adjective, mus·ti·er, mus·ti·est.
Origin of musty1
noun, plural mus·ties.
Origin of musty2
Examples from the Web for musty
While many await discovery in musty warehouses, there is at least one piece whose absence is more difficult to explain.
Quickly climbing the musty stairs to the executive offices, I sought out an old acquaintance.The Great Paul Hemphill Celebrates the Long Gone Birmingham Barons|Paul Hemphill|March 29, 2014|DAILY BEAST
In the meantime, she is off to Egypt on assignment and he continues his research in the musty clime of an Oxford library.Justin Cartwright’s Novel ‘Lion Heart’ May Win Him the Audience He Deserves|Robert Birnbaum|March 25, 2014|DAILY BEAST
But the creatures did, it appears, spend their last days on a planet as hot and musty as a gym locker room.Dinosaurs Had a Lot of Flatulence, But Did Not Gas Themselves to Extinction|Daniel Stone|May 9, 2012|DAILY BEAST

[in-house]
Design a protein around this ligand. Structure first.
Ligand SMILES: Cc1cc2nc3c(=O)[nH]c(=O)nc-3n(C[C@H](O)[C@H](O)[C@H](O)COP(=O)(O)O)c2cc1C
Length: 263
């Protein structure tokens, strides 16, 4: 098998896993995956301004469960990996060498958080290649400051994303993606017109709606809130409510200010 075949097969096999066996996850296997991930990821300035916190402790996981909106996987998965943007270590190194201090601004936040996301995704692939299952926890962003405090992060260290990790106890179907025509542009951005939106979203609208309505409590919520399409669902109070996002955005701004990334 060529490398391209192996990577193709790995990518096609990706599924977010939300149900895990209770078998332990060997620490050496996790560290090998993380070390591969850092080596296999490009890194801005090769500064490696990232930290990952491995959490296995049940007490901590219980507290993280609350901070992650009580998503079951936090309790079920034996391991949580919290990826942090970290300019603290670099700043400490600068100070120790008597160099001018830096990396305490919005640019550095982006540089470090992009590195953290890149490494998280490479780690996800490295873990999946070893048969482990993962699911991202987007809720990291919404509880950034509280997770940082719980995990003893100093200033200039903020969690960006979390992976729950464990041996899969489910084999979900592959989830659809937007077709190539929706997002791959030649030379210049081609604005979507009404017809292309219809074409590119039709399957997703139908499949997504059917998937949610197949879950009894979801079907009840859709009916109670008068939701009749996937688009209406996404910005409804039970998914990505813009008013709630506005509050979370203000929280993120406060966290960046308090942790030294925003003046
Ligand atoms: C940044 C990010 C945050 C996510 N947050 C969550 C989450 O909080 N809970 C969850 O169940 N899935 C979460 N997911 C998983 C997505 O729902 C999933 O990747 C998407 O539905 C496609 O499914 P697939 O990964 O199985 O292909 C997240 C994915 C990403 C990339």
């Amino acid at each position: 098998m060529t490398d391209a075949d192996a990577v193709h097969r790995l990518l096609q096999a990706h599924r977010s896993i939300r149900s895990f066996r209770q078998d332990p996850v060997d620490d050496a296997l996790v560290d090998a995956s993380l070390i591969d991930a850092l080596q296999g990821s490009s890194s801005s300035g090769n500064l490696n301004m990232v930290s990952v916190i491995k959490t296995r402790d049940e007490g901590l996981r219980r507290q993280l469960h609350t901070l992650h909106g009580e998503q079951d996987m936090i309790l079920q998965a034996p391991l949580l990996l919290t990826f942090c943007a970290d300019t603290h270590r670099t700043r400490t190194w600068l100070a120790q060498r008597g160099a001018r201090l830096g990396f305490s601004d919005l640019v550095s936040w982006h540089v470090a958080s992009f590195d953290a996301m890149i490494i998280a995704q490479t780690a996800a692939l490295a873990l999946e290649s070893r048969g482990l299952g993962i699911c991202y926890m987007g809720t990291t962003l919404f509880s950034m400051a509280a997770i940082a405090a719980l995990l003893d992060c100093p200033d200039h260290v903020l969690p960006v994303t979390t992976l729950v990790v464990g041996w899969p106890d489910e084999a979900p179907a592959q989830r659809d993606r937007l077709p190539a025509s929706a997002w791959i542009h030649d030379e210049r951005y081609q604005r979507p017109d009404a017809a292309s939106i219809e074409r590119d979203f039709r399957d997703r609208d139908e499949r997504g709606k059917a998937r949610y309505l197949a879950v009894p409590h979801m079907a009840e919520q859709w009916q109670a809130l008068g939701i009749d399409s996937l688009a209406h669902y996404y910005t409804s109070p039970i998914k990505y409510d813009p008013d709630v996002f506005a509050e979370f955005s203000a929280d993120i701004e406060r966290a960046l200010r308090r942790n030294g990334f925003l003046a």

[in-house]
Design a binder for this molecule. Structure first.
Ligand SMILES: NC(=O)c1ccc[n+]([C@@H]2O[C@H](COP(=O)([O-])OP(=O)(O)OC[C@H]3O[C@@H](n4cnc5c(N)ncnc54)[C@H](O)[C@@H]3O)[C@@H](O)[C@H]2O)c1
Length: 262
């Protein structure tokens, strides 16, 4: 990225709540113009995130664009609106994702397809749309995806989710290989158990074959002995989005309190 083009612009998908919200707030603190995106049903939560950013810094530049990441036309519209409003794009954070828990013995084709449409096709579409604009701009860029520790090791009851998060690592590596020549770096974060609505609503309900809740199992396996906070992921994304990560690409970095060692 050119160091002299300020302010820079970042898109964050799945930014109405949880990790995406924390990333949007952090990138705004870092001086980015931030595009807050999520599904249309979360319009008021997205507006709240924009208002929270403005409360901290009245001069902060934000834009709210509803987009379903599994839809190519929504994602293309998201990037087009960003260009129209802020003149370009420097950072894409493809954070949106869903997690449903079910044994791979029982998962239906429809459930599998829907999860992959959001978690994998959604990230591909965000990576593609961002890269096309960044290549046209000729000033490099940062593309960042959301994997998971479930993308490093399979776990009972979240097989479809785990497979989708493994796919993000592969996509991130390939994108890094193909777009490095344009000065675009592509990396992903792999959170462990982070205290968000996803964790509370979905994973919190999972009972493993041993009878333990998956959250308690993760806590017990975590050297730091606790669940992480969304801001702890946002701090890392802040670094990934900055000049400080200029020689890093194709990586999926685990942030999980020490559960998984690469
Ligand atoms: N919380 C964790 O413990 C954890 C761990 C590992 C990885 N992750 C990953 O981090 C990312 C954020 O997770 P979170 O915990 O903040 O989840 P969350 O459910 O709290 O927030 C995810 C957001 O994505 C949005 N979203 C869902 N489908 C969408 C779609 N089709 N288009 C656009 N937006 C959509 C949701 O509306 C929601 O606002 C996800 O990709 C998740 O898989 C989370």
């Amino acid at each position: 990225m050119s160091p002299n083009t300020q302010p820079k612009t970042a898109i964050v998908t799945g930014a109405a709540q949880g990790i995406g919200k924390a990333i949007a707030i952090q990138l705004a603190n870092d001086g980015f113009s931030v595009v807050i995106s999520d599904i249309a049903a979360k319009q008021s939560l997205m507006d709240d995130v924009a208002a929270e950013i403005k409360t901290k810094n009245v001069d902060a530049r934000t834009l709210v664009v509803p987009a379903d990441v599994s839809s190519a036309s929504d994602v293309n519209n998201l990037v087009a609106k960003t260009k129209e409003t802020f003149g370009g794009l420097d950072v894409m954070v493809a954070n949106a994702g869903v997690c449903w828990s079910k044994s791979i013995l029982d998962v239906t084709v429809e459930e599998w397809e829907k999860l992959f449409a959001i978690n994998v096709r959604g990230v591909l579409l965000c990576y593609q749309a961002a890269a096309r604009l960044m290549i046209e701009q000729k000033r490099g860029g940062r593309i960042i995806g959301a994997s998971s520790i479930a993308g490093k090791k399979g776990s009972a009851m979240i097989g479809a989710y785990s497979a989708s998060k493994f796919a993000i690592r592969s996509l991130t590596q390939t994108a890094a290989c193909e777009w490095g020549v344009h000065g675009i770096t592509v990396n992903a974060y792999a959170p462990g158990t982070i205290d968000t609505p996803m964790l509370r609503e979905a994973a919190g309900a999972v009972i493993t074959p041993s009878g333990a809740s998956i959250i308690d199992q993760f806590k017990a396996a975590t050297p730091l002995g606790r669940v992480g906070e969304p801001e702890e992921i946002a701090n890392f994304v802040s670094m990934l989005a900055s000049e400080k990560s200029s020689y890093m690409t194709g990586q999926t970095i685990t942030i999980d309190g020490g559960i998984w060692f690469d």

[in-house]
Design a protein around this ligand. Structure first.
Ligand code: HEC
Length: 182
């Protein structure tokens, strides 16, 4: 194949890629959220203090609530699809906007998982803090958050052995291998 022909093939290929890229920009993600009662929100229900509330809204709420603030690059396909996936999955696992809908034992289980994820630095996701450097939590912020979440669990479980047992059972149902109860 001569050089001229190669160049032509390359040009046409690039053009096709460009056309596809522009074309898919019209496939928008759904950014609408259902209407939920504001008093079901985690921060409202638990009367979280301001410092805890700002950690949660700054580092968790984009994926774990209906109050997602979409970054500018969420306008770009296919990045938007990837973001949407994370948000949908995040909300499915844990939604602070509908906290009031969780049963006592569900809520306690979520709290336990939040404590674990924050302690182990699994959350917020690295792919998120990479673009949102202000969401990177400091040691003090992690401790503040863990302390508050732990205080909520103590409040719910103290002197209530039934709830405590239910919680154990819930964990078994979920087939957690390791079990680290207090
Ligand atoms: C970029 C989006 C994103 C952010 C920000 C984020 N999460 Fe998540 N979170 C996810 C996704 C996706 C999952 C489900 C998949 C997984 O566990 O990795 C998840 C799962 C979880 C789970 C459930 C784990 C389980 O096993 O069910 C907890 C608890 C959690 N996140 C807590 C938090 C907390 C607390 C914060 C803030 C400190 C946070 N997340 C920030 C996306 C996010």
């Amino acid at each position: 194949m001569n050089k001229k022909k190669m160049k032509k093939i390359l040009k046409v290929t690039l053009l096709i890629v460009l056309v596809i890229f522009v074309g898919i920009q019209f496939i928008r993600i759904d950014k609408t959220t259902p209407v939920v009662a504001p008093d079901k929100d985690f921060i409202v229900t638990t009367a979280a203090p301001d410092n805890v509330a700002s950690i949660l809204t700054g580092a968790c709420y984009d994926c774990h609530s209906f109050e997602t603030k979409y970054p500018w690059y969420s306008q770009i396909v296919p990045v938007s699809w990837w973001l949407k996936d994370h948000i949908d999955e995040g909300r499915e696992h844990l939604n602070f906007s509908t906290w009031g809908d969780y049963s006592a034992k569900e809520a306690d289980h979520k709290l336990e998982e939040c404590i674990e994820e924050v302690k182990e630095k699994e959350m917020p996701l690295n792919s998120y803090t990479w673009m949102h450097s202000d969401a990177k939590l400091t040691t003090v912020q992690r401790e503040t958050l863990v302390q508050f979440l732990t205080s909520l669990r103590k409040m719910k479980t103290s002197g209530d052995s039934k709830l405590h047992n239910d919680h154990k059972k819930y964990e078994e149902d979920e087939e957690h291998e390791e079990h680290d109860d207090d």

His apartment does have the musty aroma of a used-books store.
Dead, even in name, many of them, or else safely embalmed in the musty pages of some old history seldom read.Gardens of the Caribbees, v. 1/2|Ida May Hill Starr
And if you never clean your furniture properly, how can your rooms or wards be anything but musty?Notes on Nursing|Florence Nightingale
By the 17th of August, the rations were reduced to musty flour enough for ten days, a few dried apples, and plenty of coffee.The Romance of the Colorado River|Frederick S. Dellenbaugh
Their odor is peculiar—not fecal, but musty and offensive, and occasionally almost odorless.
There is a musty tradition of the law that a trial without cross-examination is not a proper trial.The Man in Court|Frederic DeWitt Wells
adjective -tier or -tiest
Word Origin for musty
1520s, perhaps a variant of moisty "moist, damp" (see moist). Related: Mustiness.